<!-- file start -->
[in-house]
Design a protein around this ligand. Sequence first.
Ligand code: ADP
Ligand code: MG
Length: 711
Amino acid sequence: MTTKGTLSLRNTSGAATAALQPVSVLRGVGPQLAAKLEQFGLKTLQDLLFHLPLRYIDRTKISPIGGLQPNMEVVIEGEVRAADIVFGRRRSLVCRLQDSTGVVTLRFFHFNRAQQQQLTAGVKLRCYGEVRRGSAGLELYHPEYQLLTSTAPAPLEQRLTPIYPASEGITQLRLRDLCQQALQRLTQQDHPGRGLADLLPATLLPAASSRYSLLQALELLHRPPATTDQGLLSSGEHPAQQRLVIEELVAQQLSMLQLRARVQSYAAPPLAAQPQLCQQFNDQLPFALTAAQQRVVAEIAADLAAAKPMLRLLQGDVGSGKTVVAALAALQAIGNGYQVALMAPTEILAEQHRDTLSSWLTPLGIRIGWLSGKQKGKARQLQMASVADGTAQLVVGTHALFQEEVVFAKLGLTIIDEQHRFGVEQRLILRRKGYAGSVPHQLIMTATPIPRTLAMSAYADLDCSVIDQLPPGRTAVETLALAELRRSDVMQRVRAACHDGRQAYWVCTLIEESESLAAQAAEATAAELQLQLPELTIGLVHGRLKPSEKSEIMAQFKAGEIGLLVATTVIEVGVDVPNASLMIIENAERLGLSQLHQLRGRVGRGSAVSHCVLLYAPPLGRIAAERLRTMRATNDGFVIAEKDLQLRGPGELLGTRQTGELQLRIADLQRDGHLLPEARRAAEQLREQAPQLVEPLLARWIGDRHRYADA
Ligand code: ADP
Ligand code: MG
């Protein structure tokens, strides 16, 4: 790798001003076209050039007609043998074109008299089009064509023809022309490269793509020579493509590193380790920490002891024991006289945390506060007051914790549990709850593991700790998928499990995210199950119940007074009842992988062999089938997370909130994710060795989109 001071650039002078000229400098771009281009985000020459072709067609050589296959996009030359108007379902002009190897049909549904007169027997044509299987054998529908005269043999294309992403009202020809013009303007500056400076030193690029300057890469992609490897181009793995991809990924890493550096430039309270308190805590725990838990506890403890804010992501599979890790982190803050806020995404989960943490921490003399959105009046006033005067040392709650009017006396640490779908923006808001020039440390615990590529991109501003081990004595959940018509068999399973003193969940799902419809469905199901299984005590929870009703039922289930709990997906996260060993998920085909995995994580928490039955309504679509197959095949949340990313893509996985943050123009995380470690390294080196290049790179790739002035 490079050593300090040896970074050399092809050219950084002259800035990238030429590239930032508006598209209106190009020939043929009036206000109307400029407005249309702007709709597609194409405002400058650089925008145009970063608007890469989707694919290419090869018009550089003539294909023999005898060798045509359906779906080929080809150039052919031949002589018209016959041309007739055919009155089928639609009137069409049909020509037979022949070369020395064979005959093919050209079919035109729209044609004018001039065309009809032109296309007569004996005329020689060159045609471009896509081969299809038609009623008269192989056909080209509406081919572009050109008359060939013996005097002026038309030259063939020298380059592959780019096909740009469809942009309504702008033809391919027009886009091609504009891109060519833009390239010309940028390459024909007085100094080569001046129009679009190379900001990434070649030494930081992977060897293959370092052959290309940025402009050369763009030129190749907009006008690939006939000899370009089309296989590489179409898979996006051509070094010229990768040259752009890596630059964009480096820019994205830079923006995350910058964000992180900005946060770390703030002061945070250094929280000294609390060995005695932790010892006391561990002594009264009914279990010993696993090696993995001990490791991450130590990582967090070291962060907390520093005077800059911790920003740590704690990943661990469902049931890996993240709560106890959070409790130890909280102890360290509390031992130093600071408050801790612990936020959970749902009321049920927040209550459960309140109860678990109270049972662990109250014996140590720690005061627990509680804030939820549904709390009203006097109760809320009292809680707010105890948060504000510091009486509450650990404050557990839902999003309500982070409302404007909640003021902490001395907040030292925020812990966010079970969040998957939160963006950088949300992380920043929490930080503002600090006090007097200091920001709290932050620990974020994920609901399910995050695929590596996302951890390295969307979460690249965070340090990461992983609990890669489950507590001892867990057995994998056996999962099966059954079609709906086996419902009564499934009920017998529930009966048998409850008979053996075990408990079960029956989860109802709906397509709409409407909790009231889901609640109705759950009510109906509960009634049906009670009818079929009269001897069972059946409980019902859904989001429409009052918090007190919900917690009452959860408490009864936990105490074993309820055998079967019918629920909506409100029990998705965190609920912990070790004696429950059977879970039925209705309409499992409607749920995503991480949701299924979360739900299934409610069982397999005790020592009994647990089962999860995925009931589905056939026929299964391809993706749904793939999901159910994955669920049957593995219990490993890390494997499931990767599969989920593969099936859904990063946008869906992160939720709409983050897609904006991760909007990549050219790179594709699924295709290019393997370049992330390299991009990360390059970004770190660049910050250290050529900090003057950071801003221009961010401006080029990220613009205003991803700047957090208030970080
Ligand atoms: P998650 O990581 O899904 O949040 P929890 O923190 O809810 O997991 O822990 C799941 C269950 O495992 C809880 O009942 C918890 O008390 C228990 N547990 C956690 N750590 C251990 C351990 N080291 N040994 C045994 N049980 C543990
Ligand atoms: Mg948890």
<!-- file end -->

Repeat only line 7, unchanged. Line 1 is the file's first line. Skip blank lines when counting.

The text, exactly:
Ligand code: ADP